Prelude to the U.S. Invasion of Iraq
In the early months of the U.S. presidency of George W. Bush, foreign policy began to coalesce around an anti-Iraq strategy that pitted hard-line neoconservatives (neocons) against pragmatic realists in the administration. The initial phase of this policy was conﬁ ned to ﬁ nancial support to the INC and to increasing the air strikes begun during the Clinton administration.
However, the differing opinions within the Bush administration resulted in a temporary stalemate regarding U.S. policy toward Saddam Hussein. The stalemate was broken on September 11, 2001, with the terrorist attacks on the World Trade Center in New York City and the Pentagon outside Washington, D.C. (as well as a failed attempt in which an airliner crashed in a ﬁ eld in Pennsylvania).
The U.S. government publicly identiﬁ ed al-Qaeda as the group behind the attacks, a terrorist group that had close ties with Afghanistan’s Taliban leadership. On October 7, 2001, U.S. and British bombers targeted Taliban forces and al-Qaeda strongholds within Afghanistan in support of insurrectionary ground forces from the socalled Northern Alliance (various Afghani warlords who made common cause against the Taliban). Kabul, the capital, was one of the targets. The purpose of the invasion was to capture al-Qaeda leader Osama bin Laden and to overthrow the Taliban. In 2002, U.S. ground forces joined in the invasion.
The Taliban was quickly overthrown, although most of the leadership escaped to the mountainous frontier region that bordered Pakistan, while bin Laden and other al-Qaeda leaders were never captured, having escaped initially to the mountains of Tora Bora, near the Khyber Pass in eastern Afghanistan. It is believed that the brief truce in ﬁ ghting, ostensibly to allow al-Qaeda ﬁ ghters to surrender their weapons, in reality allowed bin Laden and other high-ranking members of the organization to escape. Nevertheless, by early 2002, the United States and its allies were ﬁ rmly in control of Afghanistan, although by 2006, Taliban inﬂ uence and insurrection would rise again.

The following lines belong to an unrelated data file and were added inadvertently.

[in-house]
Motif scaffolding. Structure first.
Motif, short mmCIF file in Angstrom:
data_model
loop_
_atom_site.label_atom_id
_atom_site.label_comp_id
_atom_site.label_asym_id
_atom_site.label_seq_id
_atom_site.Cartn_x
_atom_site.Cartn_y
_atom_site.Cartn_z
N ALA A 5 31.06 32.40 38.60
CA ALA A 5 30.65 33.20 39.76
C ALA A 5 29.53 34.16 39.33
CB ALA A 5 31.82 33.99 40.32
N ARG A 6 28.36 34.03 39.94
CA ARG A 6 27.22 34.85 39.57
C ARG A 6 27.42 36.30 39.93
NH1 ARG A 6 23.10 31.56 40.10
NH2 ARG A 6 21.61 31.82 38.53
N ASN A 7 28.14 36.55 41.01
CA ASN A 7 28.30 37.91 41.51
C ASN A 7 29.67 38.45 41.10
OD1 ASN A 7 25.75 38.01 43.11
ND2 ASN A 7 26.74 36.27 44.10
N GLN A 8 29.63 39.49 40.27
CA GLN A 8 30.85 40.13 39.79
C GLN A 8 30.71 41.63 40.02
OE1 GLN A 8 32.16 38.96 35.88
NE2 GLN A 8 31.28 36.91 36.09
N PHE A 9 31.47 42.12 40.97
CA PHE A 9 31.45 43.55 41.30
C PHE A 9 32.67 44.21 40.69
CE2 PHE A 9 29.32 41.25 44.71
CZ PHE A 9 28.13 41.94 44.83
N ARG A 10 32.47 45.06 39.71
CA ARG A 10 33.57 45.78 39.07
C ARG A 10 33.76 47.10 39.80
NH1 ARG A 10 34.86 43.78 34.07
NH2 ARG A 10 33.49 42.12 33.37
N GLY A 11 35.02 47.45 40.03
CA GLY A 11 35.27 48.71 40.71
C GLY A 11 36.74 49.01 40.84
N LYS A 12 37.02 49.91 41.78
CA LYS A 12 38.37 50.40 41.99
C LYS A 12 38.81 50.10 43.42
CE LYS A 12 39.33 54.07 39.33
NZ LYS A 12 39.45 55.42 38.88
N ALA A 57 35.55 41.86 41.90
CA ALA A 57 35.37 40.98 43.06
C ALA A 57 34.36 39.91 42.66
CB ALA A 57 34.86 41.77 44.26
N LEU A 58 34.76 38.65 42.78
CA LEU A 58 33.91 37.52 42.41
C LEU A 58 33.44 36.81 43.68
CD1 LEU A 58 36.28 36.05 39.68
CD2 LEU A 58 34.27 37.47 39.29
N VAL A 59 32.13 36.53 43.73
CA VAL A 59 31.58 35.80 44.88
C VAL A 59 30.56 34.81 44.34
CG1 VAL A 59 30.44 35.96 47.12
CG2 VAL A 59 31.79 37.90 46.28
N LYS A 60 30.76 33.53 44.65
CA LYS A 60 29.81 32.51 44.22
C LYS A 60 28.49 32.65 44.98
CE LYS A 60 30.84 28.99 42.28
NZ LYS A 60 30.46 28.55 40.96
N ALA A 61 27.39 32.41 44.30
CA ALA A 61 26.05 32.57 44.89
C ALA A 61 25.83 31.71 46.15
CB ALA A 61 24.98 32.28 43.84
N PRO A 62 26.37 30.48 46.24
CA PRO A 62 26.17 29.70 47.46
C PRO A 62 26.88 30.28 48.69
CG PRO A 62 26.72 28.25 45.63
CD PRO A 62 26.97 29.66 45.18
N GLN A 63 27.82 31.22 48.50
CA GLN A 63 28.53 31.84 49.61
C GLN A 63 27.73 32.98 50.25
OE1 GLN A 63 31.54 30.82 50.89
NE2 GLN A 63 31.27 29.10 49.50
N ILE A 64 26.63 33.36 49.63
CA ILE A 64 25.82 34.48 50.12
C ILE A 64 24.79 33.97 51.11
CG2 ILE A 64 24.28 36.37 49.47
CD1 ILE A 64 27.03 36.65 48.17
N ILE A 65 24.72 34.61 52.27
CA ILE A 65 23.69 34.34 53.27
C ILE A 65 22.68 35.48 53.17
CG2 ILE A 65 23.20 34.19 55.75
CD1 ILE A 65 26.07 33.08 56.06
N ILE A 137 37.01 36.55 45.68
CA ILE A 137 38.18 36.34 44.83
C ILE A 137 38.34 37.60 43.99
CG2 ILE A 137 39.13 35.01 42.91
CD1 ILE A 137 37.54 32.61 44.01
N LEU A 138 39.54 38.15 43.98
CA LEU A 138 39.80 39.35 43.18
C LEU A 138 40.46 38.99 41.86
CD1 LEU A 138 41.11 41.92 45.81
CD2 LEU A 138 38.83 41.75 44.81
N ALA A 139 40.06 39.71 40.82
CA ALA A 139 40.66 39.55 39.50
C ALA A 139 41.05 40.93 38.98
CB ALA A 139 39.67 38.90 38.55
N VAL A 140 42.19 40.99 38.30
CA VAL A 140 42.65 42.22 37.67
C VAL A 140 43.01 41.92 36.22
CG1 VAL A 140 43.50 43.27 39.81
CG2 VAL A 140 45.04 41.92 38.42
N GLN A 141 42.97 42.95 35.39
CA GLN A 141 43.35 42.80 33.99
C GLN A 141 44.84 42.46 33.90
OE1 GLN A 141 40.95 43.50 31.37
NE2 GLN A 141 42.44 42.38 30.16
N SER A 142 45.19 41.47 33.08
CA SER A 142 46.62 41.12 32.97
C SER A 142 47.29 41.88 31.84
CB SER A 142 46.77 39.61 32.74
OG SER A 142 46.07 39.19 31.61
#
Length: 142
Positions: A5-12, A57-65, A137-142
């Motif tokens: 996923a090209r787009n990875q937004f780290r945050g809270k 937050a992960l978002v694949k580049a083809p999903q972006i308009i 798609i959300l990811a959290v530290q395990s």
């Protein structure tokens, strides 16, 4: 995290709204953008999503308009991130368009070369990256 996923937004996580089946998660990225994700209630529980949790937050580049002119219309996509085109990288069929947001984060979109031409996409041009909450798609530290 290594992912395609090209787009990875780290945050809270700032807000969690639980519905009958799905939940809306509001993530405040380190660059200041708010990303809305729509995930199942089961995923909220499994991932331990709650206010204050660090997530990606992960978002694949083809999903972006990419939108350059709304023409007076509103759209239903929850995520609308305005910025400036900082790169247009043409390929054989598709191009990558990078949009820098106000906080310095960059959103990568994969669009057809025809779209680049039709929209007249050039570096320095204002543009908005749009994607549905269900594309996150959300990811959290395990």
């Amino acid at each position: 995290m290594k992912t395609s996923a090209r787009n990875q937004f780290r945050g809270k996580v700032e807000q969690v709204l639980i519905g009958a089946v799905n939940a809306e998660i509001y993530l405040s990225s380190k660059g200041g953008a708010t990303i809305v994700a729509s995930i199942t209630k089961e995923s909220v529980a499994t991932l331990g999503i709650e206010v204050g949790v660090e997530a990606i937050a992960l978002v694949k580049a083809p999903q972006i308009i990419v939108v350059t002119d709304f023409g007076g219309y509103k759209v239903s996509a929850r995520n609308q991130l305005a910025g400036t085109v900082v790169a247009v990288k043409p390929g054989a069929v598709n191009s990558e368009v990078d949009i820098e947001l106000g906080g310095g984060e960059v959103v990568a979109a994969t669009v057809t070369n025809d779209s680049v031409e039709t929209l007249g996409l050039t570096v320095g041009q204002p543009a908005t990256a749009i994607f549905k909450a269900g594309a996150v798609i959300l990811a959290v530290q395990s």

With the comparatively easy “success” of the Afghanistan phase of the “war on terror” under their belts, the neocons, the advisory group toward which President Bush leaned, were in the ascendant. In the annual State of the Union speech, delivered on January 29, 2002, President Bush linked Iraq, Iran, and North Korea “and their terrorist allies” in what he called an “axis of evil” (White House 2002), thus playing on two 20th-century historical ideas: the Axis powers of World War II (Germany, Italy, and Japan) and the more recent vintage “evil empire” as President Ronald Reagan had characterized the Soviet Union in the 1980s.
The press picked up on the phrase, and the notion was planted that all three countries were direct threats to U.S. security, though, of course, the three countries were not allied (in the case of Iraq and Iran far from it). Referring to Saddam Hussein in the same State of the Union speech, Bush declared, “This is a regime that has something to hide from the civilized world” (White House 2002).